“It was great competition every time against Dave,” Haley said. “If you didn’t win, it drove you nuts. If you won, you took great satisfaction.
“And every time you played at Hawaii, you didn’t have trouble getting up for the match. It’s always special, always a challenge, and you felt you grew from that experience.”
There has been no announcement from UH about a recognition event for Shoji. He had long said he wanted to retire quietly and not have a “farewell tour.”
DAVE SHOJI TIMELINE
Oct. 29, 1975
First win in his first match as head coach of Rainbow Wahine. Defeated UC Riverside on the road, 15-17, 15-6, 15-13, 15-11.
Nov. 3, 1979
Wins his 100th match in a sweep of Southern California, 15-4, 15-11 at the UCLA/NIVT tournament in Los Angeles.
Nov. 11, 1987
The Wahine defeat defending national champion Utah State in a packed Klum Gym, 13-15, 6-15, 15-7, 15-10, 15-7.
Dec. 8, 1979
Wins the University of Hawaii’s first national championship. UH comes back from two sets down to defeat defending national champion Utah State in Carbondale, Ill., 8-15, 7-15, 15-9, 16-14, 15-12.
Oct. 29, 1982
Earns his 200th win by beating UCLA 15-17, 15-9, 15-13, 17-15, in the Wendy’s Classic tournament in Stockton, Calif.
Dec. 19, 1982
Leads the Wahine to their first NCAA championship with a come-from-behind win in five sets, defeating Southern California, 14-16, 9-15, 15-13, 15-10, 15-12.
Dec. 19, 1983
Guides the Wahine to their second straight NCAA title, sweeping UCLA 15-13, 15-4, 15-10 in Lexington, Ky.
Oct. 10, 1985
Captures his 300th career win with a three-set victory over Pepperdine, 15-13, 9-15, 15-12, at the UCLA/NIVT tournament in Los Angeles.
Dec. 11, 1987
After falling to Pacific in the NCAA tournament in 1985 and ’86, the Wahine break through, sweeping Pacific in the NCAA Regional Finals in Klum Gym, 15-11, 15-9, 15-12.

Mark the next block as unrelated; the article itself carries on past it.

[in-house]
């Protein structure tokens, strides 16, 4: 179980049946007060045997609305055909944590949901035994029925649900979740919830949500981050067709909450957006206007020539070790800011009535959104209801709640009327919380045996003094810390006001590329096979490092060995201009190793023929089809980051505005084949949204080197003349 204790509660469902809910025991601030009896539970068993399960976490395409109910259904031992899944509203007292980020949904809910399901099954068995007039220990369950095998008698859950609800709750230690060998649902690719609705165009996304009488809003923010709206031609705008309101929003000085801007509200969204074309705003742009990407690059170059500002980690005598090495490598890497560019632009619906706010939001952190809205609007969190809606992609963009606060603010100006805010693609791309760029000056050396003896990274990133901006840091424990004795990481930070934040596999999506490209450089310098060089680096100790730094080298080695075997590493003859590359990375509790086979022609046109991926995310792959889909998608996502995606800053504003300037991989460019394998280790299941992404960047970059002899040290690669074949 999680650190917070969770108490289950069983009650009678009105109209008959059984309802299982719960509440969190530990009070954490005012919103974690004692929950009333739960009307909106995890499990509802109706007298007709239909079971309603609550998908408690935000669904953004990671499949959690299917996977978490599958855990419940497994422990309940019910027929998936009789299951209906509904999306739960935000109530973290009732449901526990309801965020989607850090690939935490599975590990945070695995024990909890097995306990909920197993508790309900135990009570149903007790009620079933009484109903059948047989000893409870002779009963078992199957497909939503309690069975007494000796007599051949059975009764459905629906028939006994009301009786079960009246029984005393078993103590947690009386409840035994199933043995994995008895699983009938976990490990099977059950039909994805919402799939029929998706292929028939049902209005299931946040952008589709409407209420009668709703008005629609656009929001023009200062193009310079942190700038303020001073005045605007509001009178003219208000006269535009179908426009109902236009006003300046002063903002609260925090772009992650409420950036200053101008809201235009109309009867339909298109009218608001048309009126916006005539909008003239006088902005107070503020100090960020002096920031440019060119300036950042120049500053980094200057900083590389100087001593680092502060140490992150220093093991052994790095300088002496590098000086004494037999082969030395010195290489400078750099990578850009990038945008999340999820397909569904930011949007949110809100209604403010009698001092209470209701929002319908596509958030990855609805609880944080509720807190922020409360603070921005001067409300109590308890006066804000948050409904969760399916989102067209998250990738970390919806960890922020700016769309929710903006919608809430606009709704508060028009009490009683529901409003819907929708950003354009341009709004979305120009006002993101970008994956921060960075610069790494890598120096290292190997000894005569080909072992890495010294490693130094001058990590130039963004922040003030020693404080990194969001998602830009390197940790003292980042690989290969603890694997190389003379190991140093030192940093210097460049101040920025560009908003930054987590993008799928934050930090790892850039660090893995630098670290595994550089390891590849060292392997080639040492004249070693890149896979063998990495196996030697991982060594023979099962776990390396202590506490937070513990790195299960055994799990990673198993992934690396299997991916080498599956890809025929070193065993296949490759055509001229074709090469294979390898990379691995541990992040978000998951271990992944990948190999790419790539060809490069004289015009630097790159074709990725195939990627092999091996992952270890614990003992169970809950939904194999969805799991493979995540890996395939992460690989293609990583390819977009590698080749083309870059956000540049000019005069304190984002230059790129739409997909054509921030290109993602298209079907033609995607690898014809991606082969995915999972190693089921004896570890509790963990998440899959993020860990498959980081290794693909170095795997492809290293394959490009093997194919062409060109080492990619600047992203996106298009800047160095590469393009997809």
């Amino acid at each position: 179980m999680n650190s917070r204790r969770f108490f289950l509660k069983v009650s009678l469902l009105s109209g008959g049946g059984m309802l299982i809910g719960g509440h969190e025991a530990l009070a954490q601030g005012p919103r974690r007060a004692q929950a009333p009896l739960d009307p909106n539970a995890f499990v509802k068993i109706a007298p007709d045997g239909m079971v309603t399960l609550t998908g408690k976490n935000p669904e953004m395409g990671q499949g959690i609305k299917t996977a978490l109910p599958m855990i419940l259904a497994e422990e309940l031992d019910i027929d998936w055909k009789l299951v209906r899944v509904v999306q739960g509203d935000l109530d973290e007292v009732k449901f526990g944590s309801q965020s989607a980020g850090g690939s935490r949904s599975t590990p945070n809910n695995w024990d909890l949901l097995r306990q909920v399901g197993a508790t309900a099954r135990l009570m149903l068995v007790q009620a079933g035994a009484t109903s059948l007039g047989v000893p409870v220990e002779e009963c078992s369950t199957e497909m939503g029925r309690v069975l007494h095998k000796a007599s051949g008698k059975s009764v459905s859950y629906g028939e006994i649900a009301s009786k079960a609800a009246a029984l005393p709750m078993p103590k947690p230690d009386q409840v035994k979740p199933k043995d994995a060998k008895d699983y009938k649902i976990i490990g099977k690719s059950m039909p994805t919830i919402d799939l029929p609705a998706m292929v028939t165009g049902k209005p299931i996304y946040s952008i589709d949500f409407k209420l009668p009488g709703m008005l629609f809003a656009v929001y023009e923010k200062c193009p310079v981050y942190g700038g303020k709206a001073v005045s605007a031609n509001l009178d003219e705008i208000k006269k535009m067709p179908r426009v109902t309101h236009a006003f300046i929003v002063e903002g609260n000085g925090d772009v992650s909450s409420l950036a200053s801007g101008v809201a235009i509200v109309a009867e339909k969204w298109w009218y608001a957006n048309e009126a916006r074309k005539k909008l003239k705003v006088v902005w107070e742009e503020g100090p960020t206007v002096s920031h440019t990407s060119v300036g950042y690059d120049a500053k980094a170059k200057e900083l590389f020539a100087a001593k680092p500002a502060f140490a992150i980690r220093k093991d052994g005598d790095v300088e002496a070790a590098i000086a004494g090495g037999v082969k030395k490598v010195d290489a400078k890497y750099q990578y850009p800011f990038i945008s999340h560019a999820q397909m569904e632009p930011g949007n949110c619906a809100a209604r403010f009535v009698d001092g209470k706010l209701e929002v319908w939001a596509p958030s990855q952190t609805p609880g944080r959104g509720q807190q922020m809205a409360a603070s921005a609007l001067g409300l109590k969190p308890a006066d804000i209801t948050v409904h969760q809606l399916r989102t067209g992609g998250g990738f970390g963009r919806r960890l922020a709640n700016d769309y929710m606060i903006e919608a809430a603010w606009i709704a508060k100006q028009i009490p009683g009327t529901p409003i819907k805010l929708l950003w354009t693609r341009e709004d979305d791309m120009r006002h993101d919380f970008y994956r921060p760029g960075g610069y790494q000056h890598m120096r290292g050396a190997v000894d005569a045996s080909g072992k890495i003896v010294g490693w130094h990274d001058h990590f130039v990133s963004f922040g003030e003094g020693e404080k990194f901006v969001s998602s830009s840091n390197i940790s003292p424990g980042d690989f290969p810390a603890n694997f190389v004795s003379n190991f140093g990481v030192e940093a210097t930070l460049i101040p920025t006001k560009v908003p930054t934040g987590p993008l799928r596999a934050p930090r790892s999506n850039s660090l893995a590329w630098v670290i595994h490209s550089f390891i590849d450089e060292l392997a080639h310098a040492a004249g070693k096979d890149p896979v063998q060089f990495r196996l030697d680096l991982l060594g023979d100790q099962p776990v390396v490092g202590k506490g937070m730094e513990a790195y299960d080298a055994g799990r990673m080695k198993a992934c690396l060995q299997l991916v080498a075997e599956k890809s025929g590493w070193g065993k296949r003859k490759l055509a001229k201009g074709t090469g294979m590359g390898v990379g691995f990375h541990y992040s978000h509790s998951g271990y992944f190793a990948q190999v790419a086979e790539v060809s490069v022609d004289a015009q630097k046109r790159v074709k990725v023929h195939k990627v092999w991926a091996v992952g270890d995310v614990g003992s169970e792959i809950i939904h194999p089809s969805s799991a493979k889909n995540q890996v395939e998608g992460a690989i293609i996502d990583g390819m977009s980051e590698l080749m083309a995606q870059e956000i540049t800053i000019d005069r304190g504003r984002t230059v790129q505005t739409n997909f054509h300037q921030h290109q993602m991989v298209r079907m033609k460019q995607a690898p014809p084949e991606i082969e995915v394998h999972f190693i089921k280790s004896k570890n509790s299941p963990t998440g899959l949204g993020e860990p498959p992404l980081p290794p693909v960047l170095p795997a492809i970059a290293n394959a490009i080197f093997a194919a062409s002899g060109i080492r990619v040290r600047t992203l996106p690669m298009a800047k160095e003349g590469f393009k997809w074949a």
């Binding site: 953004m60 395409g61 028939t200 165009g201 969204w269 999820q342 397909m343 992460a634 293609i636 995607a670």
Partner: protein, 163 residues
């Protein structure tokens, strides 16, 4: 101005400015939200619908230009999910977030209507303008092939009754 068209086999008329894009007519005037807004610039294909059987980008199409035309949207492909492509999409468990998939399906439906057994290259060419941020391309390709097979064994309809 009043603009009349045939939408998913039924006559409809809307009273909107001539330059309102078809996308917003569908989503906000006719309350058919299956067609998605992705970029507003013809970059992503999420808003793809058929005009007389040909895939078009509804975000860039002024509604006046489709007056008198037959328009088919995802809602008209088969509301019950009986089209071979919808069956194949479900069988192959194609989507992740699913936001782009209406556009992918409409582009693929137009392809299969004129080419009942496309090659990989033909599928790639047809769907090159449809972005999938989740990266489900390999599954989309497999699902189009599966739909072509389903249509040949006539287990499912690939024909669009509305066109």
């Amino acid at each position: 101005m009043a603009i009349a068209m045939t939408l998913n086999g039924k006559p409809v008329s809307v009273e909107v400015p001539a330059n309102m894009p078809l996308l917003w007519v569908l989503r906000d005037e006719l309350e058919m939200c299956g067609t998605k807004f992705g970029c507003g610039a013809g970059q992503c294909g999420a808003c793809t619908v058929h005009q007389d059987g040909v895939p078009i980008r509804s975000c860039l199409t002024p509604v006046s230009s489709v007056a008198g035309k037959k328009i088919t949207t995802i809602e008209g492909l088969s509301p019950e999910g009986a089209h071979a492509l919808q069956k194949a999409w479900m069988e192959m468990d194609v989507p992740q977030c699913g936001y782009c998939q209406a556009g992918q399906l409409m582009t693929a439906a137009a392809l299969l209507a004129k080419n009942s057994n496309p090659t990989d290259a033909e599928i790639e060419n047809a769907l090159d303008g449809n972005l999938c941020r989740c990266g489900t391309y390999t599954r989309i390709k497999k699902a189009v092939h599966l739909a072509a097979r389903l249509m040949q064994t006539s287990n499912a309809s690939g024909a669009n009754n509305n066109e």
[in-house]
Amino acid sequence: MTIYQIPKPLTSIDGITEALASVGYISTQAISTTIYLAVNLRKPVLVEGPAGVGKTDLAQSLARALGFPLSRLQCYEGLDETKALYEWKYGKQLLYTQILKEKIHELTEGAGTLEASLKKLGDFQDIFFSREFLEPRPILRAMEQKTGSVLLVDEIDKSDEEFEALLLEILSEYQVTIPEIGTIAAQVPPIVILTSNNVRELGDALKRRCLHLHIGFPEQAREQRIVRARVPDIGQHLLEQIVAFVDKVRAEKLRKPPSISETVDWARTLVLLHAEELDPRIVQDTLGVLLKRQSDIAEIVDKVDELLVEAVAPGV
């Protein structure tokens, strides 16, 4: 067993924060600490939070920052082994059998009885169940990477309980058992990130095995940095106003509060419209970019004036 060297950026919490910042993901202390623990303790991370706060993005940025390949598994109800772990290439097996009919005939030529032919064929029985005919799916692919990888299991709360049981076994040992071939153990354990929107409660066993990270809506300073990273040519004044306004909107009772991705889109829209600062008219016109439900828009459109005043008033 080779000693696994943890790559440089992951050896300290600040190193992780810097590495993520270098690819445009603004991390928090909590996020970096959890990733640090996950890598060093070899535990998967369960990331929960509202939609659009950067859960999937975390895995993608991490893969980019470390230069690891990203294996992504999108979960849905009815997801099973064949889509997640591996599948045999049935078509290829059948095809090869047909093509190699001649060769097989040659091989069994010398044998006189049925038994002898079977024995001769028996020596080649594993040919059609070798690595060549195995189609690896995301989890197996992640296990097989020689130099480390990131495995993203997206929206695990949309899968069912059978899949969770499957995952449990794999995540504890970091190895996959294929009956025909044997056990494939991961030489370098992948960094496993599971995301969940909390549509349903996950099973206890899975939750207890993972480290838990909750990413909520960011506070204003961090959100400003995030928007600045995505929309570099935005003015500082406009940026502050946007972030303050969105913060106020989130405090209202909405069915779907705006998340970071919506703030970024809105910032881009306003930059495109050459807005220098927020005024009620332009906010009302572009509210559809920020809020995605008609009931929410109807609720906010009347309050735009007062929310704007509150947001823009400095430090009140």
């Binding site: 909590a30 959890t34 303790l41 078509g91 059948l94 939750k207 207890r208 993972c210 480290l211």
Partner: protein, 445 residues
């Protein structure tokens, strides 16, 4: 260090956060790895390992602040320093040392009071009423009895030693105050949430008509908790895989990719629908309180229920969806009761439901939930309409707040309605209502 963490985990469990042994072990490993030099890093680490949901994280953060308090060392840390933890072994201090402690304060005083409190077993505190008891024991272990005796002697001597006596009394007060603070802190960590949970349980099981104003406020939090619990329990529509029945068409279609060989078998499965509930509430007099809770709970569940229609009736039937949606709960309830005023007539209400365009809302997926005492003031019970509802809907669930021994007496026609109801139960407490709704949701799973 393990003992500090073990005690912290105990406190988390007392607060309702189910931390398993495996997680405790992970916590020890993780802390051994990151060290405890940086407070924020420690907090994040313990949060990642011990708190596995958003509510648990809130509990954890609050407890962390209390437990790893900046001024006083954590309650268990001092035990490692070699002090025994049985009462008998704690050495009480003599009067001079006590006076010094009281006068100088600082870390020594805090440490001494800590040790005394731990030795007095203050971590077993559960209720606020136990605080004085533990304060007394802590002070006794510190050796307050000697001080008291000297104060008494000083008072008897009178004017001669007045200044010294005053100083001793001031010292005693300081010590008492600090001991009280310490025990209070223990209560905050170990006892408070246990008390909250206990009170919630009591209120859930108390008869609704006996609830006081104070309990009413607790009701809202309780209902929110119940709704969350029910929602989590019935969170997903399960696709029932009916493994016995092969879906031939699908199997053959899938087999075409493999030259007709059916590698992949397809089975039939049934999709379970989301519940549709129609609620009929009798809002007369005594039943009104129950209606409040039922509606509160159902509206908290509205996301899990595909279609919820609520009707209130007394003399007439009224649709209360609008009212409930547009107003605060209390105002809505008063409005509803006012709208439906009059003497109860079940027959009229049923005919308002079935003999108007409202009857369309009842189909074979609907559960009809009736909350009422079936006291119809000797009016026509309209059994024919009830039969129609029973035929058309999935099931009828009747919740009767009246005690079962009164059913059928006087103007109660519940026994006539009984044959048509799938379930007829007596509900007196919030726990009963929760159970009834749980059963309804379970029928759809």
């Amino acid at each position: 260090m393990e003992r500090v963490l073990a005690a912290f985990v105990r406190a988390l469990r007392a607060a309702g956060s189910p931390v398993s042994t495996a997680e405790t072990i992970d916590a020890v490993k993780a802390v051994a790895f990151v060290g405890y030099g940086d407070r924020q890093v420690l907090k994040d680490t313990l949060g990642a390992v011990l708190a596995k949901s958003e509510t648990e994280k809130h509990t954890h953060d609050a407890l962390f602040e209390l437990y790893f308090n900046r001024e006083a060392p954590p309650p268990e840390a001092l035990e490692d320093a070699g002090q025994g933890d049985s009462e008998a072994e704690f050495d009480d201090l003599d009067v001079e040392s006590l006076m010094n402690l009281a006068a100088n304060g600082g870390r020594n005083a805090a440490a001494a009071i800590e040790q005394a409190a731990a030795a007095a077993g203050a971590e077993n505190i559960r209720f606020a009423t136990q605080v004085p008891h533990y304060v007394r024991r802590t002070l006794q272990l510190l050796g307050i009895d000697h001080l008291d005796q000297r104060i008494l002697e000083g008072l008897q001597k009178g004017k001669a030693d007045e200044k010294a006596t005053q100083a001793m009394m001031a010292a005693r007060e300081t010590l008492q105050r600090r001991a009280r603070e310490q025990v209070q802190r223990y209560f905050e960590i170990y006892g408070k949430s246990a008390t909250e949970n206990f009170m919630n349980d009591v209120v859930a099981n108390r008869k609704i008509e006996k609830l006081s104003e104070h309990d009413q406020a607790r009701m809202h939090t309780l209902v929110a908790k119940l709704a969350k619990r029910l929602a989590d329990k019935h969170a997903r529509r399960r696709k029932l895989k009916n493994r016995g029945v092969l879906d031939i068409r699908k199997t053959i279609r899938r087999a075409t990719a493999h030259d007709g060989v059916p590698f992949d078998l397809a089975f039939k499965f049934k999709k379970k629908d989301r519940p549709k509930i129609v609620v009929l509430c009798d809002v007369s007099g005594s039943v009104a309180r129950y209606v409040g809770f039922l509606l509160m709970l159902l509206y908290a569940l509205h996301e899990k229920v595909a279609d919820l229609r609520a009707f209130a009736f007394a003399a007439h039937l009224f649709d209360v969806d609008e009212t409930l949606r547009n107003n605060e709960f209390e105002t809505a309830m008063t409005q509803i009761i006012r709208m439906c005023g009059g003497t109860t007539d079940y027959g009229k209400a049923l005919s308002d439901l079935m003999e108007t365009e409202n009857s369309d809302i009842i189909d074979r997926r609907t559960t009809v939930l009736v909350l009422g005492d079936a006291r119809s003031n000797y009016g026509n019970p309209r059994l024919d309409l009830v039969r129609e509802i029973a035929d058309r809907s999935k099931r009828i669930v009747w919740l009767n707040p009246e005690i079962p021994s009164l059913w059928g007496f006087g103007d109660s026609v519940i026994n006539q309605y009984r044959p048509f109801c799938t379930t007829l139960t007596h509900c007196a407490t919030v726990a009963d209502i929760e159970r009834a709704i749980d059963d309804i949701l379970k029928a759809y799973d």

Dec. 19, 1987
Helps the Wahine capture their third NCAA and fourth national title by defeating Stanford 15-10, 15-10, 9-15, 15-1.
Oct. 22, 1988
Wins his 400th match with a sweep at Colorado State, 16-14, 15-2, 15-10.
Sept. 17, 1992
Gets win No. 500 with a victory over San Jose State, 12-15, 15-7, 15-3, 15-7.
Oct. 21, 1994
Shoji and the Wahine play their first match in the Stan Sheriff Center in front of a sellout crowd of 10,300, defeating San Jose State 15-4, 12-15, 15-2, 15-6. It was also the first event ever in the SSC.
Sept. 21, 1996
Captures his 600th victory with a sweep of California, 15-11, 15-7, 15-7.
Dec. 13, 1996
Beats Brigham Young 15-10, 15-6, 15-6 in an NCAA Regional Final at Stan Sheriff Center to advance to the NCAA semifinals in Cleveland.
Dec. 19, 1996
Guides the Wahine in a sweep of Florida to advance to the NCAA championship match in Cleveland, 15-11, 15-8, 15-9.
Nov. 28, 1998
The Wahine and Brigham Young play in the longest match in NCAA history — three hours and 38 minutes — in the WAC championship in Las Vegas. The Wahine won 15-12, 21-19, 13-15, 16-18, 24-22.
Oct. 30, 1999
Earns 700th victory with a 15-3, 15-5, 15-10 sweep at Fresno State.
Dec. 7, 2000
Helps the Wahine defeat Long Beach State in the NCAA Regionals in Honolulu, 11-15, 15-13, 15-9, 12-15, 15-6.
Nov. 27, 2002
Earns his 800th career win with a sweep at Utah in UH’s final regular-season match of the 2002, 31-29, 30-16, 30-18.
Dec. 14, 2002
Guides the Wahine past Nebraska in Lincoln, Neb., in the NCAA Regional Finals, 30-25, 25-30, 30-27, 30-21, to advance to the NCAA semifinals in New Orleans.
Dec. 3, 2005
The No. 2-ranked Wahine defeat No. 4-ranked Texas in the second round of the NCAA tournament in Austin, Texas, 19-30, 30-18, 30-26, 30-20.
Sept. 2, 2006
Captures his 900th career win with a sweep of Colorado, 32-30, 30-23, 30-20.
Oct. 17, 2009
Earns his 1,000th career victory with a win over New Mexico State, 25-13, 22-25, 25-21, 25-8.
Dec. 12, 2009
Coaches the Wahine to a sweep of Michigan, 25-23, 25-19, 25-18, in the NCAA Regional Finals in Stanford, Calif., to advance to the NCAA semifinals in Tampa, Fla.
Nov. 17, 2012
Gets his 1,100th win at UC Davis, 25-17, 25-23, 25-17.
Sept. 6, 2013
Becomes the NCAA’s all-time winningest coach with his 1,107th victory, beating Santa Clara 25-23, 25-15, 23-25, 25-18, at the Stan Sheriff Center.
Dec. 11, 2015
The Wahine get their first win over Penn State, sweeping the Nittany Lions in the NCAA Regionals in Des Moines, Iowa, 25-22, 27-25, 25-16.
Nov. 17, 2016
Becomes just the second coach in NCAA history to win 1,200 matches. The victory comes against Cal Poly, 25-11, 26-24, 25-15.
Feb. 20, 2017
Announces his retirement after 42 years at the helm of the Rainbow Wahine volleyball program.
Source: University of Hawaii
Stephen Tsai contributed to this story.